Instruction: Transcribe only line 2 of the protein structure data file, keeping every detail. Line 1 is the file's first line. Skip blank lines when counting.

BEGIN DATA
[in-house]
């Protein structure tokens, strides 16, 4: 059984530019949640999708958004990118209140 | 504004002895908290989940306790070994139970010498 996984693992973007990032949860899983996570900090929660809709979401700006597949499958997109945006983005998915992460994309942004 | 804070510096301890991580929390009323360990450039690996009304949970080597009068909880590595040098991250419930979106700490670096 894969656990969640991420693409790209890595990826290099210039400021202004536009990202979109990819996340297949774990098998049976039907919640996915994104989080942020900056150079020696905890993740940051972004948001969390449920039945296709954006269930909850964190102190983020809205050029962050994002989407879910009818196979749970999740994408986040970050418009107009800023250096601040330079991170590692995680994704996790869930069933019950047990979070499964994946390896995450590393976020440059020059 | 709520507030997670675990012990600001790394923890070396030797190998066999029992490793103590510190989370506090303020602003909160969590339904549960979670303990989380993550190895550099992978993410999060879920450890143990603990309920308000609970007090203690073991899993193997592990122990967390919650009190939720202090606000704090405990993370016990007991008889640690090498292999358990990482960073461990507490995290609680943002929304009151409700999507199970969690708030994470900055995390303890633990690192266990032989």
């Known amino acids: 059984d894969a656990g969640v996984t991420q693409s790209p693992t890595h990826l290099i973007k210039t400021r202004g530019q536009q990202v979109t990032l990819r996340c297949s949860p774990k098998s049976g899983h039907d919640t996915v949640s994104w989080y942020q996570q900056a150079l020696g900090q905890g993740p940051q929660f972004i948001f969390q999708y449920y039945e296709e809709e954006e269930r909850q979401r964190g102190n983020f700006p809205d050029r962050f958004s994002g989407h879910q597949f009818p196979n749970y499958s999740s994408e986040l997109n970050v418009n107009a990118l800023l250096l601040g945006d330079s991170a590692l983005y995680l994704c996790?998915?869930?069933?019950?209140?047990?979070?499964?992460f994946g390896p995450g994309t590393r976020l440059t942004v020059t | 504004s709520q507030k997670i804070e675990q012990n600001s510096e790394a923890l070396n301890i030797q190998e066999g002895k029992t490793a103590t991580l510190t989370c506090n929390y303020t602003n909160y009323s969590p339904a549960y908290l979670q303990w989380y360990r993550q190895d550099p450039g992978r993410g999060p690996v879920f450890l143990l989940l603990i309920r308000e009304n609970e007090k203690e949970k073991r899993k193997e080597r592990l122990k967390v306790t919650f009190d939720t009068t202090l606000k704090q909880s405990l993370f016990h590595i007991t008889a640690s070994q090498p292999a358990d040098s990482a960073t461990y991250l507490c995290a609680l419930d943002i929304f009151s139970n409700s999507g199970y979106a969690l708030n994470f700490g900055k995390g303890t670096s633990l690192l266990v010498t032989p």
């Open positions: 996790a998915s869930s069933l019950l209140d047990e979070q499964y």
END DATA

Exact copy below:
């Protein structure tokens, strides 16, 4: 059984530019949640999708958004990118209140 | 504004002895908290989940306790070994139970010498 996984693992973007990032949860899983996570900090929660809709979401700006597949499958997109945006983005998915992460994309942004 | 804070510096301890991580929390009323360990450039690996009304949970080597009068909880590595040098991250419930979106700490670096 894969656990969640991420693409790209890595990826290099210039400021202004536009990202979109990819996340297949774990098998049976039907919640996915994104989080942020900056150079020696905890993740940051972004948001969390449920039945296709954006269930909850964190102190983020809205050029962050994002989407879910009818196979749970999740994408986040970050418009107009800023250096601040330079991170590692995680994704996790869930069933019950047990979070499964994946390896995450590393976020440059020059 | 709520507030997670675990012990600001790394923890070396030797190998066999029992490793103590510190989370506090303020602003909160969590339904549960979670303990989380993550190895550099992978993410999060879920450890143990603990309920308000609970007090203690073991899993193997592990122990967390919650009190939720202090606000704090405990993370016990007991008889640690090498292999358990990482960073461990507490995290609680943002929304009151409700999507199970969690708030994470900055995390303890633990690192266990032989």